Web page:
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Millicent Fawcett

Tree planted by Millicent Fawcett

Early Life

Millicent Garret was born in 1847 in Aldeburgh, the eighth of ten children. At the age of twelve she attended boarding school in Blackheath.


Millicent’s sister Elizabeth, who became the first female medical doctor in the UK, introduced her to the suffrage movement. In 1866, after attending a lecture by John Stuart Mill, Millicent was petitioning for women to have the vote. Mill introduced her to her husband, the Liberal MP Henry Fawcett. They married in 1867 and their daughter, Philippa was born the following year. She would later study mathematics at Cambridge with some distinction. Millicent also raised four orphaned cousins.

In 1868 Millicent joined the London Suffrage Committee, and in 1869 spoke at the first public pro-suffrage meeting held in London. In 1875 she co-founded Newnham Hall and in 1891 wrote an influential introduction to Mary Wollstonecraft’s book, A Vindication of the Rights of Women.  She campaigned for a number of women’s issues as well as suffrage.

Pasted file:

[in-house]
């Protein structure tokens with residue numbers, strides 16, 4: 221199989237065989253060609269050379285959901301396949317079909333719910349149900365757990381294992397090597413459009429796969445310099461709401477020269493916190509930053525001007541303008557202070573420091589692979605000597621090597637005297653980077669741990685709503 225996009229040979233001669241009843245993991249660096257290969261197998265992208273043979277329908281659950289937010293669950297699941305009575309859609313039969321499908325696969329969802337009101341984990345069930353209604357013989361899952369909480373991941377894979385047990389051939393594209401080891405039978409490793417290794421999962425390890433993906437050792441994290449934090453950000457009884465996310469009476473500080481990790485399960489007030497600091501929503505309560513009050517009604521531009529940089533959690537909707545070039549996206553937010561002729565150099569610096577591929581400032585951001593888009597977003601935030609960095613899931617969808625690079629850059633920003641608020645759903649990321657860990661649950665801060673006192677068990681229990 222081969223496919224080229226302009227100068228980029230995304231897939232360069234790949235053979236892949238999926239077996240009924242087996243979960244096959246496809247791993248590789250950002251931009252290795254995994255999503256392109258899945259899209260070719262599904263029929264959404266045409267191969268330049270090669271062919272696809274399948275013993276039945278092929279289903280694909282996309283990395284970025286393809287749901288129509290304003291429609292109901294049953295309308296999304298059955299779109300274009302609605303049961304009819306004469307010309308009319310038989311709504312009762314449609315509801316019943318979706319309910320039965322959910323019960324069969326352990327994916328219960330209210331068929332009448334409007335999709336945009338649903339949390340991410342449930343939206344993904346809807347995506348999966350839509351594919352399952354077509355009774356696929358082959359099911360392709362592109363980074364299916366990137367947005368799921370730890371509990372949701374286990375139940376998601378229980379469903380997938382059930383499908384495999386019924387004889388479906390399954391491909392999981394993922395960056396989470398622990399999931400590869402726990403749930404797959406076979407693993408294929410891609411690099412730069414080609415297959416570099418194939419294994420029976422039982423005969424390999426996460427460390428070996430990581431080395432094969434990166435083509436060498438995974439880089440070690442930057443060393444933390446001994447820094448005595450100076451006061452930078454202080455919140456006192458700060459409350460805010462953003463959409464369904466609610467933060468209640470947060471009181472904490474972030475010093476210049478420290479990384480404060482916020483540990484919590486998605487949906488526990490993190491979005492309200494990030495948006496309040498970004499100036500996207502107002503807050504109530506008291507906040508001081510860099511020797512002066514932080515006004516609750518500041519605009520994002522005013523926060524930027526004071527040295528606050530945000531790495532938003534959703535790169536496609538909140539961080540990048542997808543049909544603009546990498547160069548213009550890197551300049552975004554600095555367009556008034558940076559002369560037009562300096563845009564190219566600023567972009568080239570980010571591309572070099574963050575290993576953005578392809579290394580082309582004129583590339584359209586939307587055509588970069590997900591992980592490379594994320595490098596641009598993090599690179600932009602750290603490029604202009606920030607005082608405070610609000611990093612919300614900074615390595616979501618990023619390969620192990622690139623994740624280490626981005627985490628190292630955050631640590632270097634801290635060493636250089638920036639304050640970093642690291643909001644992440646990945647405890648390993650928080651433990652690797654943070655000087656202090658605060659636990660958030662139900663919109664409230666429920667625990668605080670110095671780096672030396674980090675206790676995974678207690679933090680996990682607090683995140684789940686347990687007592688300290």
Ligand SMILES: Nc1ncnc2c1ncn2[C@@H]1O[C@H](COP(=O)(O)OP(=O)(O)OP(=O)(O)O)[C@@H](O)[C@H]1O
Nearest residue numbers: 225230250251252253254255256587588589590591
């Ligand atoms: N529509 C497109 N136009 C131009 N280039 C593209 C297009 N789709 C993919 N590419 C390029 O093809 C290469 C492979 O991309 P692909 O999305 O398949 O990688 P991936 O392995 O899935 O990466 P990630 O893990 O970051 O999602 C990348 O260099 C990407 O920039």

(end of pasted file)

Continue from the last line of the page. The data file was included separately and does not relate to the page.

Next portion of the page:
Millicent lead the NUWSS for over twenty years, maintaining its peaceful campaigns in opposition to the breakaway WSPU. Unlike the WSPU, it maintained its campaign during World War One.

She planted a tree in the arboretum on 3 July 1910.

Later Life

Millicent stood down from the NUWSS leadership in 1919 after women won the vote. She continued to write books. She was appointed a Dame of the British Empire and died in London in 1929.


‘The real protection women needed was the power to protect themselves.’